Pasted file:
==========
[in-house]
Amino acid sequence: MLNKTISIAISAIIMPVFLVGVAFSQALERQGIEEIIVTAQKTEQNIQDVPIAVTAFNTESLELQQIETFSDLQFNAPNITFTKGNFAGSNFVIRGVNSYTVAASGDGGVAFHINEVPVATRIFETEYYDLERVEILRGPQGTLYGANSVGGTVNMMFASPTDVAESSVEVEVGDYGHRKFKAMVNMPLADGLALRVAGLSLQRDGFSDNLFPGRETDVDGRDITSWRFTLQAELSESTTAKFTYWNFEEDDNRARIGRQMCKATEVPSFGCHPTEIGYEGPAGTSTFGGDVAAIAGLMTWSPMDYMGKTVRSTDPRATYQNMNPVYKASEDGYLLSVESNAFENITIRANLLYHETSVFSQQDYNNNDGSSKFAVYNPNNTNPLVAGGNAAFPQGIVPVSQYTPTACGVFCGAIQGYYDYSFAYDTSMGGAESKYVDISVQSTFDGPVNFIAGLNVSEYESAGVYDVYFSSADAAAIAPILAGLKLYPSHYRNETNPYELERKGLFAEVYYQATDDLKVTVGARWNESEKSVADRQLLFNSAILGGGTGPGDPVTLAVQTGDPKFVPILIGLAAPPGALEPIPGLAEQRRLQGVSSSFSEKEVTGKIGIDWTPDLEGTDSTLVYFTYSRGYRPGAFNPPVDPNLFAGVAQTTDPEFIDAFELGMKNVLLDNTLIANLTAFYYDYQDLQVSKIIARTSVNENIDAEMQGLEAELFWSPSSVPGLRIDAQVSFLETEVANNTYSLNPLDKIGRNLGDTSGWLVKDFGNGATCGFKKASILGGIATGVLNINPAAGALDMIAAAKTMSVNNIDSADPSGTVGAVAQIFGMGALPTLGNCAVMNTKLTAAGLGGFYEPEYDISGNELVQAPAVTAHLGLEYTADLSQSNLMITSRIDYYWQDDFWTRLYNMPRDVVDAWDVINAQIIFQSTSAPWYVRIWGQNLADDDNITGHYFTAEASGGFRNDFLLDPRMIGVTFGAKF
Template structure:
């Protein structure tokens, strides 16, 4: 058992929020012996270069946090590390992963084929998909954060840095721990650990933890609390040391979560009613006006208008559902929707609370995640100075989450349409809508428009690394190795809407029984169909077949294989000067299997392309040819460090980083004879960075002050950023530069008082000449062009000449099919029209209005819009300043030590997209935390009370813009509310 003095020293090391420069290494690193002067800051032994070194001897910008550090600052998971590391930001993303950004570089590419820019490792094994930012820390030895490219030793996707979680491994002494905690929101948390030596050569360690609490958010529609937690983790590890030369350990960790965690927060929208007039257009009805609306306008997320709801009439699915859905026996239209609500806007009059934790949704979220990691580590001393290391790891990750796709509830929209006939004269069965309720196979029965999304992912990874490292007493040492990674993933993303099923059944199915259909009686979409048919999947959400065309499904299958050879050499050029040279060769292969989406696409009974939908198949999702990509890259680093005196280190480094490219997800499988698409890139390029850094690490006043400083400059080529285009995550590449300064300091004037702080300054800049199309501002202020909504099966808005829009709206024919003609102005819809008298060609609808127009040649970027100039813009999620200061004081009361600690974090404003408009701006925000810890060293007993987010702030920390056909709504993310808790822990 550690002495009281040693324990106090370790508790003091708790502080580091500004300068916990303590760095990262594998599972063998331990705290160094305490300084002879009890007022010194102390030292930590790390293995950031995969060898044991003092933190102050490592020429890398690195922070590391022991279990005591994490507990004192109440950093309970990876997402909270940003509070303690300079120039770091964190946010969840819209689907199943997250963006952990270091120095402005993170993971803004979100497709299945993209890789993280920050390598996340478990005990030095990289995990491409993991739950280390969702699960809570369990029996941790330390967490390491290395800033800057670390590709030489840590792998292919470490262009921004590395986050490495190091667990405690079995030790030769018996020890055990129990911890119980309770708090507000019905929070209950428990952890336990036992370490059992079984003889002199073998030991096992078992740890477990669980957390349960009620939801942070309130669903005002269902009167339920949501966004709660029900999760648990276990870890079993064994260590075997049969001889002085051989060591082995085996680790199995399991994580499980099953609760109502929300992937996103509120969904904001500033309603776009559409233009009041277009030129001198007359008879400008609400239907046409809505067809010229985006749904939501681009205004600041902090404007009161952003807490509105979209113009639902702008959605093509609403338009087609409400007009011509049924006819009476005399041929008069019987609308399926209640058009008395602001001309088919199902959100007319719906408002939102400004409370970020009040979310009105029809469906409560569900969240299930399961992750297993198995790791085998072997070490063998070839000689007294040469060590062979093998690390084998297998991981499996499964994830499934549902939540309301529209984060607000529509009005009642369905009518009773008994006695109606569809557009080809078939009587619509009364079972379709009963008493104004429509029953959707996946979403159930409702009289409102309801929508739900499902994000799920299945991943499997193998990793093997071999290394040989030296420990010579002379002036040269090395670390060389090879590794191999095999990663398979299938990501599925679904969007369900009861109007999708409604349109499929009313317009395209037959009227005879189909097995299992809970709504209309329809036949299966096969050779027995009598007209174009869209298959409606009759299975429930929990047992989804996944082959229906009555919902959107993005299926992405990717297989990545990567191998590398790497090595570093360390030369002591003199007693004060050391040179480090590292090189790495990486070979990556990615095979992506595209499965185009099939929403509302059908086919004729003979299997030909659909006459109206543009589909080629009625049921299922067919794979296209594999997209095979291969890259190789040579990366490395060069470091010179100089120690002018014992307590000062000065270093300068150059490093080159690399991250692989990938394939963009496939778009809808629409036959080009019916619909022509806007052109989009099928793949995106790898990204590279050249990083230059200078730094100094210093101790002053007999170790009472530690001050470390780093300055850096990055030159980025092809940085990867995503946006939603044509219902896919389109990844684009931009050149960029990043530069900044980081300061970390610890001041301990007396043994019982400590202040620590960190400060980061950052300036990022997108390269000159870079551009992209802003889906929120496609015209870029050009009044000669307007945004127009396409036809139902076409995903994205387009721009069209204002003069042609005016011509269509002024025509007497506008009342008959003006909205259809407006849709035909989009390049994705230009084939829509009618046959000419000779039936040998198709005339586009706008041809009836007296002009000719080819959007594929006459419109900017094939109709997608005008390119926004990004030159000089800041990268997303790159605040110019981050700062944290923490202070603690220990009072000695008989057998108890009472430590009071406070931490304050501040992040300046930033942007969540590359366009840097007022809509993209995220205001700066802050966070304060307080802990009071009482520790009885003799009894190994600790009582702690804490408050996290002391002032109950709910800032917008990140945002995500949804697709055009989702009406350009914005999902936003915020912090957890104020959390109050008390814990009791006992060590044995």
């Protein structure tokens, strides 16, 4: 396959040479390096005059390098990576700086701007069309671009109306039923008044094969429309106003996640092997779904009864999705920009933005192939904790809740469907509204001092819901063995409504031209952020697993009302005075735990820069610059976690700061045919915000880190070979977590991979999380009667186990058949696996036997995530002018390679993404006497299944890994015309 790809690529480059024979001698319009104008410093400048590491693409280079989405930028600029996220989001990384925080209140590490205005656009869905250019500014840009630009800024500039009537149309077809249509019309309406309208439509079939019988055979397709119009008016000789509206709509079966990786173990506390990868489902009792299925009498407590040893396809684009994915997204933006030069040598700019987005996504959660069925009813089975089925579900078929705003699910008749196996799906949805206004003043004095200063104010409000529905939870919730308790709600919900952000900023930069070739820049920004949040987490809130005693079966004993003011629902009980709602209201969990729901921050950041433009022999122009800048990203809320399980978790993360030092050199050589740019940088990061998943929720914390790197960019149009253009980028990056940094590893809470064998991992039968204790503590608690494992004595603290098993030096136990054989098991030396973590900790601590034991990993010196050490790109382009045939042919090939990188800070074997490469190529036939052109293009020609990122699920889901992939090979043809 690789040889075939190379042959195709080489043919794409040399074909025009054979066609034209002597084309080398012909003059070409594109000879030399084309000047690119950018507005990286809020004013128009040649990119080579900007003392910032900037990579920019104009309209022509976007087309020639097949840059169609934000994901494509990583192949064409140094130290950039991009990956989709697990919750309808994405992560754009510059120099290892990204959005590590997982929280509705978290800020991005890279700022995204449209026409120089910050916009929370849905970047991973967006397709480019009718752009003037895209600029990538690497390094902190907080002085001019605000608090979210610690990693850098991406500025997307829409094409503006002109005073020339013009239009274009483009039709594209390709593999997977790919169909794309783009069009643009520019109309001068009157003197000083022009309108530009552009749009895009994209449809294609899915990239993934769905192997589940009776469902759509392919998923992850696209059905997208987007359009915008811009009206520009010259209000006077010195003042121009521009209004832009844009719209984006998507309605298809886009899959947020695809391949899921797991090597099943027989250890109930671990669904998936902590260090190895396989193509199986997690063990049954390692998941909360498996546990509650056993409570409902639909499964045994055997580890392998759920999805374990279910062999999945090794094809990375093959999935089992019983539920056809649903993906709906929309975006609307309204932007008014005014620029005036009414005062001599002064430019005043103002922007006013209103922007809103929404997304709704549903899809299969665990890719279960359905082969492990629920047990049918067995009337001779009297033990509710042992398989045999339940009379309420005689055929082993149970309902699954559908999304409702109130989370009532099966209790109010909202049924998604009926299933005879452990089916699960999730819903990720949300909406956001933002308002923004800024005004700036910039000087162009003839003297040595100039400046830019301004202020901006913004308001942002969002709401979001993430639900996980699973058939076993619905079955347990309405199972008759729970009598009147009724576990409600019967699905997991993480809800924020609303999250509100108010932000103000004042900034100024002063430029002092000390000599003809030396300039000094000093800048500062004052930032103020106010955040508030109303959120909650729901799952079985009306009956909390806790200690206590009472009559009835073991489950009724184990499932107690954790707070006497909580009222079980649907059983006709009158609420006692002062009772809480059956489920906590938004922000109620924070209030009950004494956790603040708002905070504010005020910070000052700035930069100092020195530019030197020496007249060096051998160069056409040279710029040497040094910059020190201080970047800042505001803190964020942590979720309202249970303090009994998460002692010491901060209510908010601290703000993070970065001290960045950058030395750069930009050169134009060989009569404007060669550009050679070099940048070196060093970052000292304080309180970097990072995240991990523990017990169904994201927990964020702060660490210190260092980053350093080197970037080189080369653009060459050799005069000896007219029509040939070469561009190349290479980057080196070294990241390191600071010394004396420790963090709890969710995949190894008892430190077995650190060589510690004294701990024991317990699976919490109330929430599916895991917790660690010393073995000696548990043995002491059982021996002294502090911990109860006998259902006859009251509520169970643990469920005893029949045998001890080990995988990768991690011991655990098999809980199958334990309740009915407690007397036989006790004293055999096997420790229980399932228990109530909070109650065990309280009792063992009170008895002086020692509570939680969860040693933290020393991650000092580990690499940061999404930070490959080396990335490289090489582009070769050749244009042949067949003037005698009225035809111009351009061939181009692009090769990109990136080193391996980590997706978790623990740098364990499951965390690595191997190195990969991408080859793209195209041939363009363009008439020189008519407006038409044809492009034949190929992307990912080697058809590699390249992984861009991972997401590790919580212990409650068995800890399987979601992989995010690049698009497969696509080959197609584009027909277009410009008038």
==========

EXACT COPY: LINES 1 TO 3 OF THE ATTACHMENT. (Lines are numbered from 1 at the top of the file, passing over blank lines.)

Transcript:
[in-house]
Amino acid sequence: MLNKTISIAISAIIMPVFLVGVAFSQALERQGIEEIIVTAQKTEQNIQDVPIAVTAFNTESLELQQIETFSDLQFNAPNITFTKGNFAGSNFVIRGVNSYTVAASGDGGVAFHINEVPVATRIFETEYYDLERVEILRGPQGTLYGANSVGGTVNMMFASPTDVAESSVEVEVGDYGHRKFKAMVNMPLADGLALRVAGLSLQRDGFSDNLFPGRETDVDGRDITSWRFTLQAELSESTTAKFTYWNFEEDDNRARIGRQMCKATEVPSFGCHPTEIGYEGPAGTSTFGGDVAAIAGLMTWSPMDYMGKTVRSTDPRATYQNMNPVYKASEDGYLLSVESNAFENITIRANLLYHETSVFSQQDYNNNDGSSKFAVYNPNNTNPLVAGGNAAFPQGIVPVSQYTPTACGVFCGAIQGYYDYSFAYDTSMGGAESKYVDISVQSTFDGPVNFIAGLNVSEYESAGVYDVYFSSADAAAIAPILAGLKLYPSHYRNETNPYELERKGLFAEVYYQATDDLKVTVGARWNESEKSVADRQLLFNSAILGGGTGPGDPVTLAVQTGDPKFVPILIGLAAPPGALEPIPGLAEQRRLQGVSSSFSEKEVTGKIGIDWTPDLEGTDSTLVYFTYSRGYRPGAFNPPVDPNLFAGVAQTTDPEFIDAFELGMKNVLLDNTLIANLTAFYYDYQDLQVSKIIARTSVNENIDAEMQGLEAELFWSPSSVPGLRIDAQVSFLETEVANNTYSLNPLDKIGRNLGDTSGWLVKDFGNGATCGFKKASILGGIATGVLNINPAAGALDMIAAAKTMSVNNIDSADPSGTVGAVAQIFGMGALPTLGNCAVMNTKLTAAGLGGFYEPEYDISGNELVQAPAVTAHLGLEYTADLSQSNLMITSRIDYYWQDDFWTRLYNMPRDVVDAWDVINAQIIFQSTSAPWYVRIWGQNLADDDNITGHYFTAEASGGFRNDFLLDPRMIGVTFGAKF
Template structure: